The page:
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Impaled – Death After Life

Label: Century Media
Format: CD
Released: 2005
Reviewed By: The Goat

The Thanatologists are back and as bloody as ever...

I have been an Impaled fan ever since hearing their first album, “The Dead Shall Dead Remain”. Even in spite of only seeing them play live only once, which probably could have been a better show if the venue had been different (the venue shall remain nameless to protect the innocent). Their dark twisted humor (nothing to make me laugh harder than a poop pun) combined with the melodic aggression a la Carcass and the different movie samples has made them one of my favorite bands.

 

I feel as though I have been waiting forever for their new album, "Death After Life" to arrive. Ever since I heard that Impaled had signed with Century Media, I wondered "How will this new album be affected by this new event?" Far too often bands fail to live up to a larger label and their life expectancy seems proportional. Well, as far as Impaled is concerned, the only answer that will satisfy is that only time will tell.

The production on "Death After Life"” captures the qualities of their previous releases thanks to Trey Spruance, Billy Anderson, and Randall Dunn. These names should be very familiar to anyone who likes extreme music. The production sound is a little dirtier than "Mondo Medicale", which had a cleaner more melodic quality to it.

This is not to say that "Death After Life" suffers from a lack of melodic guitar work, quite the opposite. If anything, this slight change (or perhaps a merging of previous sound qualities) moves Impaled away from the Carcass tag. Whether this is intentional or not, Impaled has demonstrated a definite degree of progression in their style. "Death After Life’s" sound is more of a death metal sound as opposed to the Carcass stylings of "Mondo" and "Dead". (As a side note, I don't think it is a negative to sound too much like Carcass, unless you're trying to sound like U2 or Britney Spears.)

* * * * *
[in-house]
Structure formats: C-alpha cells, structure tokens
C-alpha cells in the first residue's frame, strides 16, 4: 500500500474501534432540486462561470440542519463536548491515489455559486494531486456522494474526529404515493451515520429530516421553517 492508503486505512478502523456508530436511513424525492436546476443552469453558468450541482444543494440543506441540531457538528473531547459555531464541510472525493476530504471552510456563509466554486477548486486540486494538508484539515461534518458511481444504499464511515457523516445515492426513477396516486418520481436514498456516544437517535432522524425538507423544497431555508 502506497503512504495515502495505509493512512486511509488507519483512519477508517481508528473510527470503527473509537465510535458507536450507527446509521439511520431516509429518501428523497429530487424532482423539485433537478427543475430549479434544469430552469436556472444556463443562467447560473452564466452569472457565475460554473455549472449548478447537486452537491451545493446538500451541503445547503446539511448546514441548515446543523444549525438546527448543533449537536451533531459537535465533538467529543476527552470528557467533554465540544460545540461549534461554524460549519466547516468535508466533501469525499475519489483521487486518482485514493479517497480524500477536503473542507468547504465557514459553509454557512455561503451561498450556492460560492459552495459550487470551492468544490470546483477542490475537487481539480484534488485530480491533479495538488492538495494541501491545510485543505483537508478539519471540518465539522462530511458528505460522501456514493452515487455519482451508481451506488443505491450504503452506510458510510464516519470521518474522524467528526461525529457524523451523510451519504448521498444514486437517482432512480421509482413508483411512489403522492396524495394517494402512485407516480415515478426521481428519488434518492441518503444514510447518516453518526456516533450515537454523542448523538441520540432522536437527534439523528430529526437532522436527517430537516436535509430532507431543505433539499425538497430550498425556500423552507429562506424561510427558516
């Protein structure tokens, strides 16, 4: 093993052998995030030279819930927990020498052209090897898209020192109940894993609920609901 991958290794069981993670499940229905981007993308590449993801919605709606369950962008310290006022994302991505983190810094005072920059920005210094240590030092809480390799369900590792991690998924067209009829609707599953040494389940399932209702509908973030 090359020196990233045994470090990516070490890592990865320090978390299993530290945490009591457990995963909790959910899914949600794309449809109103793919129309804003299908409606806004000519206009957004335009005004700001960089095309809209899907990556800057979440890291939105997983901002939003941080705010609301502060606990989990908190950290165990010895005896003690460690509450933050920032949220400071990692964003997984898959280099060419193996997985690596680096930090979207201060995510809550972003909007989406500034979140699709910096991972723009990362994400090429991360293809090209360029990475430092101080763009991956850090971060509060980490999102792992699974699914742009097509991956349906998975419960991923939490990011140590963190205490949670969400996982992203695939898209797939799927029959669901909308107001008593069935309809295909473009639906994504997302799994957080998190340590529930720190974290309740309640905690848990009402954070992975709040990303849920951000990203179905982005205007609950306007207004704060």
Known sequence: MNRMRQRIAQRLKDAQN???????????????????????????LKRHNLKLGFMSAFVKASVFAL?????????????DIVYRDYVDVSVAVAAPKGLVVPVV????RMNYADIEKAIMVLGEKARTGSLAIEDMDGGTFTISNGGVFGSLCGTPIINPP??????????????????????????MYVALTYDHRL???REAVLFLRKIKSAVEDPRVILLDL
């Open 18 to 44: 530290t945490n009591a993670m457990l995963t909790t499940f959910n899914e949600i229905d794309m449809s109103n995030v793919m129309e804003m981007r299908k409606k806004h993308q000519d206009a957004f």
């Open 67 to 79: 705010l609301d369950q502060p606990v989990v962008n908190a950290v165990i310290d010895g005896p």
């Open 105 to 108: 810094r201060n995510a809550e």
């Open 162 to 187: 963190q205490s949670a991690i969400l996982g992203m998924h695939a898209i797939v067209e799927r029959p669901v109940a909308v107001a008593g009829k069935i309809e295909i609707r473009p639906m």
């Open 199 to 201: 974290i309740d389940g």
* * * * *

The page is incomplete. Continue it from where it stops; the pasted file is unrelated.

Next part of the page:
This album introduces us to the newest addition to the twisted collective psyche that is Impaled, Jason Kocol as replacement for Andrew LeBarre. Mr. Kocol's vocals add a harsher edge to Impaled's tripartite delivery and for the listener, a welcome surprise.

Overall, the album appears to be a concept album as evidenced by the DIY skits interspersed throughout the album. I refuse to reveal what the story is, because I refuse to spoil it for anyone else. Plus, "Death After Life" deserves to be heard on this level without any preconceived notions.

I will say that I am mixed about the DIY skits since I always enjoy hearing what weird samples a band, like Impaled, will choose to put in/with their songs. That having been said, Impaled has made the album totally unique and, quite oddly, very personal with these skits.

The only faults that I can find, are that the solos are not as psychotically melodic as "Mondo" or "Dead". This piece was disappointing upon first listen but after many repeated listens it becomes less noticeable. This also lends to the moving away from their previous Carcass sound. Plus, the thrashiness that was tremendously present on "Mondo" seems to be lessened. Which is not to say this album doesn't rock, but it has an altogether different feel, more extreme sounding, like more of a death metal album as i have said before.

While I won't say this is their best (nor the worst) release to date, it is a slow burner and I think soon I'll love it as much as the others. Perhaps this is the sign of the genius of a good piece of art in that it takes its time to sink in. Ironically, then, I might say this is a subtle album. And for a band with a name like "Impaled" this is a very high compliment indeed.

 
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